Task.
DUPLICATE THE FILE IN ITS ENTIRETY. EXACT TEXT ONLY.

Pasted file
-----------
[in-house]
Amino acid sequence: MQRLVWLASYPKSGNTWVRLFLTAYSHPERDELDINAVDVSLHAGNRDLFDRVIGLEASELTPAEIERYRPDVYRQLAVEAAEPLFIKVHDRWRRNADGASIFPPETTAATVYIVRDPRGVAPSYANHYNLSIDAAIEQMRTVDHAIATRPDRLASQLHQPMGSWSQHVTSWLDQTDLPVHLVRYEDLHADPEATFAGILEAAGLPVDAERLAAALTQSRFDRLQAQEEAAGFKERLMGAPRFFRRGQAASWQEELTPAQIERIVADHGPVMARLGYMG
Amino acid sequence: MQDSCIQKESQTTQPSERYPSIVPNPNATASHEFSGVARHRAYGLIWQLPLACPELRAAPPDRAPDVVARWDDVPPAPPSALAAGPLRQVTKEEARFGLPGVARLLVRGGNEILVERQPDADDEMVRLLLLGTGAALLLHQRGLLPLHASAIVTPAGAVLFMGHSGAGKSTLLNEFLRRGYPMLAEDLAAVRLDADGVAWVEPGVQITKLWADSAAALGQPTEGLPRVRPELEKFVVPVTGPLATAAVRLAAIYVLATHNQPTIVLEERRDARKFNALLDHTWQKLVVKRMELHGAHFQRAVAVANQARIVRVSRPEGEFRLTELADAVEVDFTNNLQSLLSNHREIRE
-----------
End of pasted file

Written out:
[in-house]
Amino acid sequence: MQRLVWLASYPKSGNTWVRLFLTAYSHPERDELDINAVDVSLHAGNRDLFDRVIGLEASELTPAEIERYRPDVYRQLAVEAAEPLFIKVHDRWRRNADGASIFPPETTAATVYIVRDPRGVAPSYANHYNLSIDAAIEQMRTVDHAIATRPDRLASQLHQPMGSWSQHVTSWLDQTDLPVHLVRYEDLHADPEATFAGILEAAGLPVDAERLAAALTQSRFDRLQAQEEAAGFKERLMGAPRFFRRGQAASWQEELTPAQIERIVADHGPVMARLGYMG
Amino acid sequence: MQDSCIQKESQTTQPSERYPSIVPNPNATASHEFSGVARHRAYGLIWQLPLACPELRAAPPDRAPDVVARWDDVPPAPPSALAAGPLRQVTKEEARFGLPGVARLLVRGGNEILVERQPDADDEMVRLLLLGTGAALLLHQRGLLPLHASAIVTPAGAVLFMGHSGAGKSTLLNEFLRRGYPMLAEDLAAVRLDADGVAWVEPGVQITKLWADSAAALGQPTEGLPRVRPELEKFVVPVTGPLATAAVRLAAIYVLATHNQPTIVLEERRDARKFNALLDHTWQKLVVKRMELHGAHFQRAVAVANQARIVRVSRPEGEFRLTELADAVEVDFTNNLQSLLSNHREIRE